1.  Never try to get the dress on or off with the laces in place, you will never get a really beautiful finish with this as they will get twisted and it’s really difficult to get twists out when the laces are in place.
2  With the dress already on the bride or bridesmaid, thread the lace through the top holes on each side, passing the lace from under the loop and through the loop. Unless the lace you are using is a piece of ribbon, it is likely that there will be a stitched seam to one side.  Make sure that this seam is to the bottom edge of your lace. Then check that you have almost exactly the same length of lace on each side.
3.  Take one side of the lace, it doesn’t matter, left or right but be consistent with your start point.  This demonstration starts with the right side lace.  Bring the lace across the top of the top loop on the right and under and out of the second loop on the left so that you have both lace ends on one side (the left).
4.  Now take the top lace on the left-hand side and pass it over the top left loop and under and out of the second loop on the right side. Then taking the same lace pass it over the top of the same loop and then under and out of the third loop on the left-hand side. In effect you are going across and back with the same lace.  Make sure that you straighten and twists at this stage as it’s much more difficult to get them out later. After this stage you will have both lace ends to the same side.
5.  Repeat point 4, building up the lacing until you get to the bottom loop.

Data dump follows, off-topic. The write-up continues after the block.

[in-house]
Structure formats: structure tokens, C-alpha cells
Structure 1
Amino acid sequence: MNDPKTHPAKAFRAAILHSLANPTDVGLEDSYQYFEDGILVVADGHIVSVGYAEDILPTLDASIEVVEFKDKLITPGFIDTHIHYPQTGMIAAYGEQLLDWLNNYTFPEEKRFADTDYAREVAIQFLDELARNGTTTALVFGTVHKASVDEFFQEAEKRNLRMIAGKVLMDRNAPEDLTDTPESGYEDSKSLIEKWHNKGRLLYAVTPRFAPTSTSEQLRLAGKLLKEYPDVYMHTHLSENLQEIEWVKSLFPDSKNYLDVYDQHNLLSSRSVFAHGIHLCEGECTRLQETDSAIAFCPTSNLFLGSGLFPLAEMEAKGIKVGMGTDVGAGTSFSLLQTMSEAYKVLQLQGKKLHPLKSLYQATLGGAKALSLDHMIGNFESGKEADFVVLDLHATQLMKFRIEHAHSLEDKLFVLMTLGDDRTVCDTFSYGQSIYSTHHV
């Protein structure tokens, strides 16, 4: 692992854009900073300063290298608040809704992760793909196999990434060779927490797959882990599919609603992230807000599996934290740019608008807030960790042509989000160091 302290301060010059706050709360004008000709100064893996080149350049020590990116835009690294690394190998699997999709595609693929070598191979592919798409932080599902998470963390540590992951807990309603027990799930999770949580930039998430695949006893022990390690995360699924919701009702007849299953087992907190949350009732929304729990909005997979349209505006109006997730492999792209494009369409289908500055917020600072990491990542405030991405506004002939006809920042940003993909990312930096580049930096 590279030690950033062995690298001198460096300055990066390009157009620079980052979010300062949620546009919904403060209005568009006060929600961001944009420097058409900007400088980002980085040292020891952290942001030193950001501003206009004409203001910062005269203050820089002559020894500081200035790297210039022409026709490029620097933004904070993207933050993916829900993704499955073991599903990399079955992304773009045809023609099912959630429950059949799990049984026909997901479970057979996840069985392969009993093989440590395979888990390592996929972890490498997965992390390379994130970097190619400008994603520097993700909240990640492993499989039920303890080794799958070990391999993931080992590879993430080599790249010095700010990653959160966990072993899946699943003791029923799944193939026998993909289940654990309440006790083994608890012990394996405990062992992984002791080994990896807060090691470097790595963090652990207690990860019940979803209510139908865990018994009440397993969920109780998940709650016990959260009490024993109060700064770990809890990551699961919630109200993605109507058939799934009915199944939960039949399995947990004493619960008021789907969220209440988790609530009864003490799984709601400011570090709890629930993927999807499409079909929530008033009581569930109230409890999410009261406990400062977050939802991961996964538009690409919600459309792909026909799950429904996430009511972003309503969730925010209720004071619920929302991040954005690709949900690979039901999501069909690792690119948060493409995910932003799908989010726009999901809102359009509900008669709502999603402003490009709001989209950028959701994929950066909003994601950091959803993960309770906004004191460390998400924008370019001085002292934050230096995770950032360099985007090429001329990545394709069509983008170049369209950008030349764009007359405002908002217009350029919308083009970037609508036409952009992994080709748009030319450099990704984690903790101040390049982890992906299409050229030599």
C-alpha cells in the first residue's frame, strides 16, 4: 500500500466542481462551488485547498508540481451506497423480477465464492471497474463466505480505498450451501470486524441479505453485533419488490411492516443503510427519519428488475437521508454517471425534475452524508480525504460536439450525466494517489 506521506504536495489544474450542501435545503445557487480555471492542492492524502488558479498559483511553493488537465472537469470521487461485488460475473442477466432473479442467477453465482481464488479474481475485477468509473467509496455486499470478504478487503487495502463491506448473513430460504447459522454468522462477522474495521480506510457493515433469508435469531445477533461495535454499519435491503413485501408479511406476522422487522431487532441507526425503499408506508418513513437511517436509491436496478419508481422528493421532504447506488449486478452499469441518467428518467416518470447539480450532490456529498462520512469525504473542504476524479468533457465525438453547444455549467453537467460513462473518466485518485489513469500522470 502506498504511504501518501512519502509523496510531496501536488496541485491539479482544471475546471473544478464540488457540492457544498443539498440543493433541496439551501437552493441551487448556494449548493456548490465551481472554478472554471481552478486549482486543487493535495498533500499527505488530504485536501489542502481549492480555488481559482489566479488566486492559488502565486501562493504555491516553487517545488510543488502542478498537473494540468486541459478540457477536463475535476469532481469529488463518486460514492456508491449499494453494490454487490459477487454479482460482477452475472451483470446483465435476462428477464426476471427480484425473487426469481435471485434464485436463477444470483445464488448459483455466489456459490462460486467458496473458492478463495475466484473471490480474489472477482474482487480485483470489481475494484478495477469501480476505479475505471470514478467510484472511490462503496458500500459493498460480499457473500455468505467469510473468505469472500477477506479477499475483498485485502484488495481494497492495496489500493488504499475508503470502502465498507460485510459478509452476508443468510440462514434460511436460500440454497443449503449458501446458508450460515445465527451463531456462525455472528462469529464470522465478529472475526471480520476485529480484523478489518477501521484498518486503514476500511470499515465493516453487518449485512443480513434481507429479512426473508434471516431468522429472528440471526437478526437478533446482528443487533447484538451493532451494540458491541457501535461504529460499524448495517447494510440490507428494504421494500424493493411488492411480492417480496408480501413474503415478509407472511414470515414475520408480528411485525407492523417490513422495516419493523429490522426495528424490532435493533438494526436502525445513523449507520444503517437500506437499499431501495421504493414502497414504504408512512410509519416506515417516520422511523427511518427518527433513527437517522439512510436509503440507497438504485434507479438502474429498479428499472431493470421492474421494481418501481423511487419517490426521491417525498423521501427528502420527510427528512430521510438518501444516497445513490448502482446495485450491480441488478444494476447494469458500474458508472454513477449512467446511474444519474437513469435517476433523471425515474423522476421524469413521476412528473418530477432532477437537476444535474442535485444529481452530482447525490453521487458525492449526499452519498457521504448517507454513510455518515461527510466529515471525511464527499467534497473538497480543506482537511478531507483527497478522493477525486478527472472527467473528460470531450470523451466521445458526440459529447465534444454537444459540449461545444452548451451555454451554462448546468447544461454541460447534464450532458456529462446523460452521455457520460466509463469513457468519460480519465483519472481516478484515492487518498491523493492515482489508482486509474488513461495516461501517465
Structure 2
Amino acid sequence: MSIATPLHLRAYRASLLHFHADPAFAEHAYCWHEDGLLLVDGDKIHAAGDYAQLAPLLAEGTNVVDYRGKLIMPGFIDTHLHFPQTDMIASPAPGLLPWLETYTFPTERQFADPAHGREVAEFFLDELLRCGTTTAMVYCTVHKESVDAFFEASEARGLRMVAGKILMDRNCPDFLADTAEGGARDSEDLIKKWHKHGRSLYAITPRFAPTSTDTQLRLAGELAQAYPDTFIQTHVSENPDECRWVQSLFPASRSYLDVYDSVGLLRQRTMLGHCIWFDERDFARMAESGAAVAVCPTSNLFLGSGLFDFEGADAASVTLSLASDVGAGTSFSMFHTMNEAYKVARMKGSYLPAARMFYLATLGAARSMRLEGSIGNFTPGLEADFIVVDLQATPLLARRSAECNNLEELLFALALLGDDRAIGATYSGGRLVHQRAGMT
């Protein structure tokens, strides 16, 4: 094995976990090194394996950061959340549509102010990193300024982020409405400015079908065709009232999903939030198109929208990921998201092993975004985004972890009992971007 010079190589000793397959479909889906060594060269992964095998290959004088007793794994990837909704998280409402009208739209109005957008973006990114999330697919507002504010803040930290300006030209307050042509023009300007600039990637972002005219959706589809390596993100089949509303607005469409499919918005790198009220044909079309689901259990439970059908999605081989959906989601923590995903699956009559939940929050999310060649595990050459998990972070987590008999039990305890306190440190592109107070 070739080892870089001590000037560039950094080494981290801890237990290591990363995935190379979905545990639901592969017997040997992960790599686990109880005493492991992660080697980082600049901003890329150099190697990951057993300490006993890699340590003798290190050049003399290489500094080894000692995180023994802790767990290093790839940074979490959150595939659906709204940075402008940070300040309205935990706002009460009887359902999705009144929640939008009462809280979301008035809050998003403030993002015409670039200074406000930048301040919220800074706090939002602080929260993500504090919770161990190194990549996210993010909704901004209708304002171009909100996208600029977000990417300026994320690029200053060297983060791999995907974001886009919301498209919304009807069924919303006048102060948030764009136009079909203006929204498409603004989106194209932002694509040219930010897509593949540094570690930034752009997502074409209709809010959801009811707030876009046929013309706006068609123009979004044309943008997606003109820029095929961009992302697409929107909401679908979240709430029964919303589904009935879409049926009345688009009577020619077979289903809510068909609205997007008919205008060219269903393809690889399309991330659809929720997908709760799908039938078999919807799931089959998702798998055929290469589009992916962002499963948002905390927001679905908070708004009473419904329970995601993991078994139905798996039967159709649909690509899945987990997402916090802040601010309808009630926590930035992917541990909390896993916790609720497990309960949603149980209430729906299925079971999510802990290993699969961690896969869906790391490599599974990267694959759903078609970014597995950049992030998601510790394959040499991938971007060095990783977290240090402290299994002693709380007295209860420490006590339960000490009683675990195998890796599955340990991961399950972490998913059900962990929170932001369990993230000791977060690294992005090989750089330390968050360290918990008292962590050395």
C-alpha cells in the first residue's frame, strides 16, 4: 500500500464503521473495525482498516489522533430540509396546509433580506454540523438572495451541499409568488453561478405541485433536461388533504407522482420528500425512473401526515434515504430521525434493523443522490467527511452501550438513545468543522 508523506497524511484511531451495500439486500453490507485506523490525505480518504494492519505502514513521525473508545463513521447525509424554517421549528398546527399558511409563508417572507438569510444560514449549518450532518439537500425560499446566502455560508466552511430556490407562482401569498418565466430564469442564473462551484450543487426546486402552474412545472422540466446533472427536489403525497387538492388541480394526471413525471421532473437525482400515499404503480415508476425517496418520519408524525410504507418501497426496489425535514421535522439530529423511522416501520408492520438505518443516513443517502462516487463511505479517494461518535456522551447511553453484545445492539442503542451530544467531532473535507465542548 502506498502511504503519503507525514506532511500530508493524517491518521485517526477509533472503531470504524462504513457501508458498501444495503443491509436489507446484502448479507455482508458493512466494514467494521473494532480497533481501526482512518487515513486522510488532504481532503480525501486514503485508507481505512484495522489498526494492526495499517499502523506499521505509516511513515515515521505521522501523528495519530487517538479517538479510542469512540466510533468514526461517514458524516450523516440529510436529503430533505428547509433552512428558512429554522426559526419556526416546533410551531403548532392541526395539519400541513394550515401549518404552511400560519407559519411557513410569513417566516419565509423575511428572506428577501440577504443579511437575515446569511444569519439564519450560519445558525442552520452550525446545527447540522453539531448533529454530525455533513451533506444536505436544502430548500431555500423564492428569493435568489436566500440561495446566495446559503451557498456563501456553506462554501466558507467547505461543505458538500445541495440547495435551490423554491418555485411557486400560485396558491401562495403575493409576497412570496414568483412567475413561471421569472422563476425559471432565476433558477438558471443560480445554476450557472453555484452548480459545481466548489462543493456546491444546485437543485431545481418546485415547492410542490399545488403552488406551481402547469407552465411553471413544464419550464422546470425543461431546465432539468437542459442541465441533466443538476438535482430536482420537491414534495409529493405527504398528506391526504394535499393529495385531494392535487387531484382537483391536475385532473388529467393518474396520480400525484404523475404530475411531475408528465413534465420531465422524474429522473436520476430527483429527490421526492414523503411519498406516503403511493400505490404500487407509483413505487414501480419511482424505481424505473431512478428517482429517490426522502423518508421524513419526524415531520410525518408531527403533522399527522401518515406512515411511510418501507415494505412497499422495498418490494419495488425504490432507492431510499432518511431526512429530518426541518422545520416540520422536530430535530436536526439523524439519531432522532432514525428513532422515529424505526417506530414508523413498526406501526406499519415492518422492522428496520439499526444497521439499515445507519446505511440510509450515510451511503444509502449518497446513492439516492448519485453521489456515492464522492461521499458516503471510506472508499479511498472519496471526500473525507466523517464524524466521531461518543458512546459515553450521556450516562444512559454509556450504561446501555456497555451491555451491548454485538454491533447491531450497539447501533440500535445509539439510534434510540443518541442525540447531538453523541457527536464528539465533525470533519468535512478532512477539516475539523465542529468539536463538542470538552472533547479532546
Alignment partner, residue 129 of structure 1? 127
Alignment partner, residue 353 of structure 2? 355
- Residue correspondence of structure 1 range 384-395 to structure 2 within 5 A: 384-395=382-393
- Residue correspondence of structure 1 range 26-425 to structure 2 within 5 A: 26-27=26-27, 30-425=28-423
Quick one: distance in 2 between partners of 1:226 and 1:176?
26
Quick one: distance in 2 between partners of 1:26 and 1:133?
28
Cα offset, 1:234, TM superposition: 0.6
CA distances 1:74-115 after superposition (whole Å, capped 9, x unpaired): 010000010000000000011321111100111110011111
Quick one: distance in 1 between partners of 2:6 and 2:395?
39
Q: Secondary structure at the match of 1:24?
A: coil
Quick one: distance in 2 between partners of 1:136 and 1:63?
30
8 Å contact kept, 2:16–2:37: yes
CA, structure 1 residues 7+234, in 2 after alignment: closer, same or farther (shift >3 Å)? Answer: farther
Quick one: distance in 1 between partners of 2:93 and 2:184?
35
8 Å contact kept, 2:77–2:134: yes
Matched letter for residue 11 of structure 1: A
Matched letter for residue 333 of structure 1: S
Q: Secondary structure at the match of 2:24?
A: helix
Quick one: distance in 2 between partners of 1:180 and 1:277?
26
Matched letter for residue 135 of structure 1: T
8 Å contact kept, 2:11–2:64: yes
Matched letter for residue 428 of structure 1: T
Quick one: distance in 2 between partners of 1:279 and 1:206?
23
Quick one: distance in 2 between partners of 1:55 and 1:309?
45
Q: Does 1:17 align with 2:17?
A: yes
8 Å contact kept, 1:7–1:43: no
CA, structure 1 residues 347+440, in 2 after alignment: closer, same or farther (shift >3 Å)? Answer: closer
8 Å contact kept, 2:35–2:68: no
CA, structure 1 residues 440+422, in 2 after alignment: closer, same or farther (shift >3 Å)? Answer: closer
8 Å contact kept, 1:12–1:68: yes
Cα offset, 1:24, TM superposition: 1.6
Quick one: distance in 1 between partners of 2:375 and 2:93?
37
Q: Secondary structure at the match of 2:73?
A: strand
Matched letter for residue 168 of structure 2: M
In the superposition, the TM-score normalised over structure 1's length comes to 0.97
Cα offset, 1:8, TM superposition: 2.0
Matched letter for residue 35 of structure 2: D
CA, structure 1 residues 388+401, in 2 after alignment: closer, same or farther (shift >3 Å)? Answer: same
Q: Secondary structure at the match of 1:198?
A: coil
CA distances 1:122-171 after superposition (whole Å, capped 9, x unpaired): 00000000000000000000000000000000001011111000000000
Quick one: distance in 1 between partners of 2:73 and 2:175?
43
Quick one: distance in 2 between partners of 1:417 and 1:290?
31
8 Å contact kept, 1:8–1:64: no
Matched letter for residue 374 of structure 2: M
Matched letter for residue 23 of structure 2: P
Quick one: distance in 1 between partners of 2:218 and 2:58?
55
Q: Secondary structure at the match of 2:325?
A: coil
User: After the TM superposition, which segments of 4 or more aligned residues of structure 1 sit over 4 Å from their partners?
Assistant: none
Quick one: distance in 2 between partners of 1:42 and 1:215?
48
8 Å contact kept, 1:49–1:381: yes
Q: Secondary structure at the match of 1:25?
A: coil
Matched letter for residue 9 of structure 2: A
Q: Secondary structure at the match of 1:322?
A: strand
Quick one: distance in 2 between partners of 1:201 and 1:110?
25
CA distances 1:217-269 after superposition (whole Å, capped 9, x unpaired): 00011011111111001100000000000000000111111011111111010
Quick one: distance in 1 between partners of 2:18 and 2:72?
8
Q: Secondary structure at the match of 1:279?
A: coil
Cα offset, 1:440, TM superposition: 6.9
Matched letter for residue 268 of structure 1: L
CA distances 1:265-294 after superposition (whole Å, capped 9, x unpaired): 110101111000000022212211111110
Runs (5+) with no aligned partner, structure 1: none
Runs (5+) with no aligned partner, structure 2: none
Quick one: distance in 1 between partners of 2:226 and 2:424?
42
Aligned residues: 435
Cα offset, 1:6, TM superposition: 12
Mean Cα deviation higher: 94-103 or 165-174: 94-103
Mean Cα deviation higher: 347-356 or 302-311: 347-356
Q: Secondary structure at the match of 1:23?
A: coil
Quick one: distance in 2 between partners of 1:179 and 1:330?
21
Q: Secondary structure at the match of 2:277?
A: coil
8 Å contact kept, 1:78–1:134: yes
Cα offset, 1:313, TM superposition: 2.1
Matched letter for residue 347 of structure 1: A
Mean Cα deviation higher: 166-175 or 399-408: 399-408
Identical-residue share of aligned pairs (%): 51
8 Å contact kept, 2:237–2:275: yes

6.  Once all the loops have been filled, you can now go back and tighten up the lacing. Remember that if you can, you should leave a “V” shape in the back, obviously how wide or narrow the “V” shape is will depend on the fitting of the dress.  If the dress meets in the middle then I would suggest that you think about getting the dress taken in at the sides so that you can show the “V” off to it’s best.  I have altered many wedding gowns so that the “V” is wider, after all, it’s the very attractive, shape slimming  “V” at the back that makes so many brides choose a gown with a lace-up back.
7.  Finish off the lacing with a neat bow and leave the lace tails hanging.  You might wish to tuck-in the ends, in which case, don’t tie a bow but tie a loose knot so that you don’t get any bulk under the dress.  My own personal opinion is to tie a bow and leave the tails hanging.
Thanks for reading, I hope you enjoyed this tutorial.  If you have any questions, please don’t hesitate to contact me and I will do my best to help.

Coming soon:-

How to make a fine rolled hem without a hemming foot.

How to shorten a dress with an attached lining.

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Saturday, 2 May 2015